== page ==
That’s my guess, anyway.

    ReplyReply

  4. BRNZ
    Aug 14, 2012 @ 02:13:24

    Im a bit frustrated with the whole steampunk zombie thing too, I dont think they are necessary at all. Stay away from Stephen Harpers books – Doomsday Vault and Impossiblity Cube, as a main plot theme revolves around zombies.

    I did enjoy the first one of Ministry of Peculiar Occurences http://www.ministryofpeculiaroccurrences.com/novels/

    Also enjoyed Incarceron and Sapphique by Catherine Fisher, YA and slightly steampunk and no zombies http://www.catherine-fisher.com/pages/books/incarceron/synopsis.asp

    ReplyReply

  5. Jia
    Aug 14, 2012 @ 05:32:34

    @Cara: I gave that one a try but had a hard time getting into it. How is the romance with the zombie handled? I think that was my main stumbling block.

    ReplyReply

  6. Jia
    Aug 14, 2012 @ 05:34:01

    @Moenen: Yeah, I’m pretty sure the mindless horde of zombies = mass consumerism of pop culture analogy is thanks to George Romero. Dawn of the Dead was pretty much all about that.

    ReplyReply

  7. Jia
    Aug 14, 2012 @ 05:35:04

    @BRNZ: I read the first Ministry of Peculiar Occurrences novel and enjoyed it quite a bit. I reviewed it when it first came out. I haven’t gotten around to the second one yet but I bought it when it was on sale at Amazon so I expect I’ll get around to it eventually.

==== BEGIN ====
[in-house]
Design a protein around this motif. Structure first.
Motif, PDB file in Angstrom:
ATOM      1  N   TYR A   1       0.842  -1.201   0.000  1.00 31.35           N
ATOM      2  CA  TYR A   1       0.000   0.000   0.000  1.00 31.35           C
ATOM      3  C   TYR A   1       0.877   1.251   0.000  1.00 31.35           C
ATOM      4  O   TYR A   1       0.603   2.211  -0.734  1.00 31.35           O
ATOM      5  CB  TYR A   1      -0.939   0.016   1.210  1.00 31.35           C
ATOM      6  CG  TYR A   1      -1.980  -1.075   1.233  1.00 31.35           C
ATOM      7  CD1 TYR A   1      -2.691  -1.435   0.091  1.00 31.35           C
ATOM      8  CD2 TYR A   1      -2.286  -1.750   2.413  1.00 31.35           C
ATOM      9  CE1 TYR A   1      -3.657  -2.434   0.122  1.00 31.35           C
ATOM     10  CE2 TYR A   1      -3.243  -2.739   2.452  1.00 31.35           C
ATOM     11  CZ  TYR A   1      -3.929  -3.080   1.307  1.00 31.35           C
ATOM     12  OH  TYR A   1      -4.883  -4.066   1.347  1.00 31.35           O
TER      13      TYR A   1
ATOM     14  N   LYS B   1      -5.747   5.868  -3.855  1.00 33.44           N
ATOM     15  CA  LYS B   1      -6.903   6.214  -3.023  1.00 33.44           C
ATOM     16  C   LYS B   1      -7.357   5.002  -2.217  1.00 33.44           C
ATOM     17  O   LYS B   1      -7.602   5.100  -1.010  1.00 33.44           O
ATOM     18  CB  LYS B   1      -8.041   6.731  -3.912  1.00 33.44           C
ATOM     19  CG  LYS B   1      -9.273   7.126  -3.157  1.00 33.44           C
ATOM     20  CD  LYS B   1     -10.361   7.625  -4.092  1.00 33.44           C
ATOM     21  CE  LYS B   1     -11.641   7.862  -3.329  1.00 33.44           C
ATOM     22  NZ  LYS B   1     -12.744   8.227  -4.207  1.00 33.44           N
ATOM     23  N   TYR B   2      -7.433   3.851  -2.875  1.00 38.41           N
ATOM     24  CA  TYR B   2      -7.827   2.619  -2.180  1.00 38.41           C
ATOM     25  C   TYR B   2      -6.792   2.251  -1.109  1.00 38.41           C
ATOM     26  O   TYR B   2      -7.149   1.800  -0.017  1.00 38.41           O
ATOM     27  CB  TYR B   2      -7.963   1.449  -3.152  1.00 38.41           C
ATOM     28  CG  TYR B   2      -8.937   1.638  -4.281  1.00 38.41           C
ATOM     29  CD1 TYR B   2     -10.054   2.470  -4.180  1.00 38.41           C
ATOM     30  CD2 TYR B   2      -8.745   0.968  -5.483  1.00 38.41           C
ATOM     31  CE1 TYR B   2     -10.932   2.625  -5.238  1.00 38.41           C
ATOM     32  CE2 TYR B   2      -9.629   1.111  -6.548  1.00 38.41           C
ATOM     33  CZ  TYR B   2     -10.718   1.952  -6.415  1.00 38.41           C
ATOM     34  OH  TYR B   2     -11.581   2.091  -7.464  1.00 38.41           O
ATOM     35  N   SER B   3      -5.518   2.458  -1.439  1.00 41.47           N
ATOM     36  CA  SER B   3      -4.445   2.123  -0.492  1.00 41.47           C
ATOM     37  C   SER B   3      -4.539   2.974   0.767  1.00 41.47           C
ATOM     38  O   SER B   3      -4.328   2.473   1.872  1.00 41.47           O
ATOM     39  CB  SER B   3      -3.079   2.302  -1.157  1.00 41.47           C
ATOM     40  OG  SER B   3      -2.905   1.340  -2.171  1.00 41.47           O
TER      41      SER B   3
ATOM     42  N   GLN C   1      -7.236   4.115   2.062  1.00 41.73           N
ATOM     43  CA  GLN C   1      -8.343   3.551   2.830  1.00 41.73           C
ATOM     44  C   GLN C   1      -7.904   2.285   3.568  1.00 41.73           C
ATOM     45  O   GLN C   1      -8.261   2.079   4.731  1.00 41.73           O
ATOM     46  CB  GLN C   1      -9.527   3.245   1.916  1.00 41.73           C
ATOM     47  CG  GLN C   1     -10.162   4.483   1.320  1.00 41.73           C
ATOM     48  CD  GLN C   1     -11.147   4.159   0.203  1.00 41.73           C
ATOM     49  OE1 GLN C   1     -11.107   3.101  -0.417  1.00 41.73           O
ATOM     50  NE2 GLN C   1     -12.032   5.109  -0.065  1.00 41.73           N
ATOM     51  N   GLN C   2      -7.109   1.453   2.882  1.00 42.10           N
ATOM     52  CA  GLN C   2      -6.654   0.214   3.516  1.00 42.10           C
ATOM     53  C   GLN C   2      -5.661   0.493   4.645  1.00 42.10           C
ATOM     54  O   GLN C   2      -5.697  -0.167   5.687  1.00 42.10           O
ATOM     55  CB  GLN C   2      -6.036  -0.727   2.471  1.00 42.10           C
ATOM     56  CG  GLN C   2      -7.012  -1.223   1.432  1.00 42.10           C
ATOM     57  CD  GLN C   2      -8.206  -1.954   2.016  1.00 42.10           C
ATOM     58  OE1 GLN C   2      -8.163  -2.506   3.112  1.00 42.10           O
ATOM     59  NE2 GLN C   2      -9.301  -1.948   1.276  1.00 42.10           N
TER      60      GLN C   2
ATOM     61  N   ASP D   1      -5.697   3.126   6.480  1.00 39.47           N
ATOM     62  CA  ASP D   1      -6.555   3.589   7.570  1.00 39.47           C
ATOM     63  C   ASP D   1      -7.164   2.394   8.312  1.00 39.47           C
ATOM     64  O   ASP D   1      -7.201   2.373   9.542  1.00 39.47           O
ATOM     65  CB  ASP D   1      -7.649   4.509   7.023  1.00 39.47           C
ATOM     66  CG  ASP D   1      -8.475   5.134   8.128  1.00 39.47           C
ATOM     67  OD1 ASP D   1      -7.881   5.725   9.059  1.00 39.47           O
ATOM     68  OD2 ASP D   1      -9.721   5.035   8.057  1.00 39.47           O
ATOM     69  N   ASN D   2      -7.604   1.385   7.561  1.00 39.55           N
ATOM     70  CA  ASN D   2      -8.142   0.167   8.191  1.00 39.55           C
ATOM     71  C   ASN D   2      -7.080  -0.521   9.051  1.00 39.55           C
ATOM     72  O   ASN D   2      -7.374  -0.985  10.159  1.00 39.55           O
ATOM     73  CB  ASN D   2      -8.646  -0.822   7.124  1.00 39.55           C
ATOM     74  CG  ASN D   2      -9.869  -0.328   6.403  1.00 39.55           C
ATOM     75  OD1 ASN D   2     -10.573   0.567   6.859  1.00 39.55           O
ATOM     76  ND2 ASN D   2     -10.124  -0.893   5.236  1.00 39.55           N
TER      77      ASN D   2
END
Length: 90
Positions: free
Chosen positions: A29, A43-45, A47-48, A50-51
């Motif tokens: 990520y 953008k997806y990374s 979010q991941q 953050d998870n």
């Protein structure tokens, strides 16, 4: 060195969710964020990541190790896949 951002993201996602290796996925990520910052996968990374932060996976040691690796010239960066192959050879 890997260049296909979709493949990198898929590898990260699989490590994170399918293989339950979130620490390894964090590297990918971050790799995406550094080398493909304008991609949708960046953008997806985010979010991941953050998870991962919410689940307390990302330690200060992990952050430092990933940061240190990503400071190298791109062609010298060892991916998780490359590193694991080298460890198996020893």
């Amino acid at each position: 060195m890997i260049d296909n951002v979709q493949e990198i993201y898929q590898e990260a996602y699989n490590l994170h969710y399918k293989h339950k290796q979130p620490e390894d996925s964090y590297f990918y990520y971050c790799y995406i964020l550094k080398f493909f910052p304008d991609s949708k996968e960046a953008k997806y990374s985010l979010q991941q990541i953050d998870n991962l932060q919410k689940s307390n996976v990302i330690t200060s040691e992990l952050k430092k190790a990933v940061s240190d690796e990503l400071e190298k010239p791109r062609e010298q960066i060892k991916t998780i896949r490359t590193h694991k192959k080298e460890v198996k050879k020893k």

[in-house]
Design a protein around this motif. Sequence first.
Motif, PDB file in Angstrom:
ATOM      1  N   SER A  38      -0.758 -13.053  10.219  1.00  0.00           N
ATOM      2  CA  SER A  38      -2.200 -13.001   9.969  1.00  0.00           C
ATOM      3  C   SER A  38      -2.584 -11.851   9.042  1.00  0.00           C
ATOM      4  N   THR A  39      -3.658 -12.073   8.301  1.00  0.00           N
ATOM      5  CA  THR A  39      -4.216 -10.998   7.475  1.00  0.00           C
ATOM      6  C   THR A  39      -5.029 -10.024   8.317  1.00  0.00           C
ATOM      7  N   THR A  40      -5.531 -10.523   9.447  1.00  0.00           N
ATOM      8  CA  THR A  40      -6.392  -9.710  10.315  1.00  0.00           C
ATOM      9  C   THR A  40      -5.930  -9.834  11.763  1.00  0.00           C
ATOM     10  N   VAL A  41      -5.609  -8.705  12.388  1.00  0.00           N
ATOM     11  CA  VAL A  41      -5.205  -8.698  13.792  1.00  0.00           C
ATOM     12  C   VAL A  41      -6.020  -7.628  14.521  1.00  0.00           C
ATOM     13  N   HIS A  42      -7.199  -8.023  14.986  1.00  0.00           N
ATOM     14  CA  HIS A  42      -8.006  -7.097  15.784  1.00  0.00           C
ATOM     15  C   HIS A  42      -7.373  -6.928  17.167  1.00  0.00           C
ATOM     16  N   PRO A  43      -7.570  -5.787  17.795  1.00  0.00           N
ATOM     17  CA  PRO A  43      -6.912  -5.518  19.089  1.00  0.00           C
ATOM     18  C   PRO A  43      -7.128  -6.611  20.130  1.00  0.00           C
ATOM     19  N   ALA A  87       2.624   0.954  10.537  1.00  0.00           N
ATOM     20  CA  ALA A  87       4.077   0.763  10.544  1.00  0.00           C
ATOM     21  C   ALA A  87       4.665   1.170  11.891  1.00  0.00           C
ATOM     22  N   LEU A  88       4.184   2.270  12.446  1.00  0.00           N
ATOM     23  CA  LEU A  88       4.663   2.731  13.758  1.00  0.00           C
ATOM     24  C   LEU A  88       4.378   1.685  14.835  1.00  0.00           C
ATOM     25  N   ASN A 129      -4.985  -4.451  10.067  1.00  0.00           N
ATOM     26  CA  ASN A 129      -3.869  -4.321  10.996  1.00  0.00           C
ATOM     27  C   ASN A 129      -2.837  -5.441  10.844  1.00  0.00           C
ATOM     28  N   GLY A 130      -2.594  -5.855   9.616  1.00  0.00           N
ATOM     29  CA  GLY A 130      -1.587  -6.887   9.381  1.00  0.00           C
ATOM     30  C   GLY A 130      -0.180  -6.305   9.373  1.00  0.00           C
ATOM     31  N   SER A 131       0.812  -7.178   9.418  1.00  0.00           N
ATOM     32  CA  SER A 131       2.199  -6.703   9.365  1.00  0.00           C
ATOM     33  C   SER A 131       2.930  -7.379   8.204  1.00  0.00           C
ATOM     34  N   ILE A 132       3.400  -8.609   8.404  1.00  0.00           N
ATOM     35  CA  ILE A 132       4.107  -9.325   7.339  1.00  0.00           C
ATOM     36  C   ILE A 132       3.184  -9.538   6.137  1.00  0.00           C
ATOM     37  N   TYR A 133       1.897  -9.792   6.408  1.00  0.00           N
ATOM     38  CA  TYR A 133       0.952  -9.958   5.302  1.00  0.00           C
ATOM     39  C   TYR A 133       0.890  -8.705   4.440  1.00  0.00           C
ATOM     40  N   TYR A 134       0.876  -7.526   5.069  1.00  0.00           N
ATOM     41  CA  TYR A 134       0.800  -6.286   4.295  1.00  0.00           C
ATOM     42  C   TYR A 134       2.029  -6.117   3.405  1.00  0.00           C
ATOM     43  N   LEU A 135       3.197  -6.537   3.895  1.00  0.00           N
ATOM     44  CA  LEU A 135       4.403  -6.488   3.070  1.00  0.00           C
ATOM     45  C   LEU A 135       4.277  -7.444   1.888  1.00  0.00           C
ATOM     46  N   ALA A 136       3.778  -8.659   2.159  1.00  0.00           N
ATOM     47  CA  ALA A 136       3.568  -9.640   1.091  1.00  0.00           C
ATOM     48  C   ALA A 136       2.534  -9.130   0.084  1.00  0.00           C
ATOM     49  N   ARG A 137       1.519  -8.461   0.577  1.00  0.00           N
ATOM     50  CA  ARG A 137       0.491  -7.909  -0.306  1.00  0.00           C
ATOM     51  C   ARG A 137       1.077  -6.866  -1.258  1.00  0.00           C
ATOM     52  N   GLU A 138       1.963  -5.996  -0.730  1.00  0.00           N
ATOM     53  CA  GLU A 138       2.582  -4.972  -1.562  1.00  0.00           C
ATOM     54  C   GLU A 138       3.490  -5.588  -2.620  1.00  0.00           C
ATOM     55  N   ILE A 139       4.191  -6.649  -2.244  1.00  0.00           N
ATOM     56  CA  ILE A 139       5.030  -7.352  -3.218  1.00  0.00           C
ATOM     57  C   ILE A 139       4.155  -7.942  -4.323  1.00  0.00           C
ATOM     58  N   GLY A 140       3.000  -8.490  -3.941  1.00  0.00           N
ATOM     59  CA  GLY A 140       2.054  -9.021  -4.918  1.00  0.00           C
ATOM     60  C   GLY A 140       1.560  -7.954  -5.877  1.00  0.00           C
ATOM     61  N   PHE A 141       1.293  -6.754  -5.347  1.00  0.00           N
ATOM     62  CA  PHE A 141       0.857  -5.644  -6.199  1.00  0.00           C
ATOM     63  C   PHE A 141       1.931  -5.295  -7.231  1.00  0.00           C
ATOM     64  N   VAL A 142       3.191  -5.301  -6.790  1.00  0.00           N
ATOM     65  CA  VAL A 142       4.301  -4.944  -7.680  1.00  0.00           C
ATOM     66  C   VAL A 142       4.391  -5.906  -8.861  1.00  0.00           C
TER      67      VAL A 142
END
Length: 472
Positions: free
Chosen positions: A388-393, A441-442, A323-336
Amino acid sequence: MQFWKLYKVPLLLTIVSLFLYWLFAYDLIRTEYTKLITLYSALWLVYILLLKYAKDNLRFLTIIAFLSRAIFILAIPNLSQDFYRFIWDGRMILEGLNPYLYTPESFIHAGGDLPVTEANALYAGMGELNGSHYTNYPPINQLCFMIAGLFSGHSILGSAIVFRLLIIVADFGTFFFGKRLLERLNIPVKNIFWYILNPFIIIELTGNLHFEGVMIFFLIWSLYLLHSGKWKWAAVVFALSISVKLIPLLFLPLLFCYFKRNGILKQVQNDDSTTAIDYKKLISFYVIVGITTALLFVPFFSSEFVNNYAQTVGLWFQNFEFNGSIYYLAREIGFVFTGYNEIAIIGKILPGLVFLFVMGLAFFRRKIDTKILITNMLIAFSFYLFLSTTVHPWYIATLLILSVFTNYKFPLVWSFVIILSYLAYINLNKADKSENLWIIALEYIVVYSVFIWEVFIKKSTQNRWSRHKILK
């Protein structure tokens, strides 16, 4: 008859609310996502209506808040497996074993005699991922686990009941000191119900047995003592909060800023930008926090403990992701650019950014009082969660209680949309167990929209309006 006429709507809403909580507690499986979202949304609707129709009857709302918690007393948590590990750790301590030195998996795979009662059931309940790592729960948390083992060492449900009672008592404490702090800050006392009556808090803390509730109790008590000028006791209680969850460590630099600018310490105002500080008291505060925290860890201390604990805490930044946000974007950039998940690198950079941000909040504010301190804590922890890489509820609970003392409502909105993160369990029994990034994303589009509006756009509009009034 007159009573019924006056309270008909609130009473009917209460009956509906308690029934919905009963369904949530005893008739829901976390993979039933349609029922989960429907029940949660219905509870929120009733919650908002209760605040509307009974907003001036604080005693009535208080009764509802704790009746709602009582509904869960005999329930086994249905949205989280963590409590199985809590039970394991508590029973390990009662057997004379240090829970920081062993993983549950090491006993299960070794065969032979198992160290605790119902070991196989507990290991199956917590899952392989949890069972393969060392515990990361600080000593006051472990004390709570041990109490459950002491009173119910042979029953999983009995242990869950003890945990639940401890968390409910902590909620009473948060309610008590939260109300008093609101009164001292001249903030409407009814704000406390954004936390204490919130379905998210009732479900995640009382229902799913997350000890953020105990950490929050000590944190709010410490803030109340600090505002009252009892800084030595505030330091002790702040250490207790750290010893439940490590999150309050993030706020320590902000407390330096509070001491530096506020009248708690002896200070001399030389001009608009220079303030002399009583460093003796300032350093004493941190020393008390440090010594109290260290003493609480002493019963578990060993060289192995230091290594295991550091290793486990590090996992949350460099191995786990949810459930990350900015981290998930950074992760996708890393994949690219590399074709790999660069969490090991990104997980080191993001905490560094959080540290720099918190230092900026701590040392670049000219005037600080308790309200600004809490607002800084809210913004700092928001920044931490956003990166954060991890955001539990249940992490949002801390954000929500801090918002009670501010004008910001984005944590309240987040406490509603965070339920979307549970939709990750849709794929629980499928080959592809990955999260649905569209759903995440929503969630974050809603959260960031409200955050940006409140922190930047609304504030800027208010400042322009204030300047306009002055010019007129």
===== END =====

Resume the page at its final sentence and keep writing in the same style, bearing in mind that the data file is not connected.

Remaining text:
ReplyReply

  8. HellyBelly
    Aug 14, 2012 @ 07:10:30

    @BRNZ:

    “Ministry of Peculiar…” looks really interesting – thanks for the tip!

    ReplyReply

  9. Faye
    Aug 14, 2012 @ 19:58:12

    @HelenB: In “The Undying Heart,” Zoe Archer’s novella in the Half Past Dead anthology (duology?), the hero is a zombie who struggles to regain his free will. Thankfully, no brains are eaten. It’s tied in to her Blades of the Rose series.
    http://www.zoearcherbooks.com/The_Undying_Heart.html

    ReplyReply

  10. Marumae
    Aug 15, 2012 @ 13:22:48

    This one didn’t really spike my interest too much to be honest, despite having all the ingredients for a book I should love. I haven’t found anything to properly satisfy that Steampunk itch I have either and I really *REALLY* don’t get the need to insert Zombies into everything. The original metaphor behind the creatures has been lost in my own opinion. I used to be a big fan and found them properly terrifying when used correctly; but now whenever I see them I actively avoid and cringe.

    ReplyReply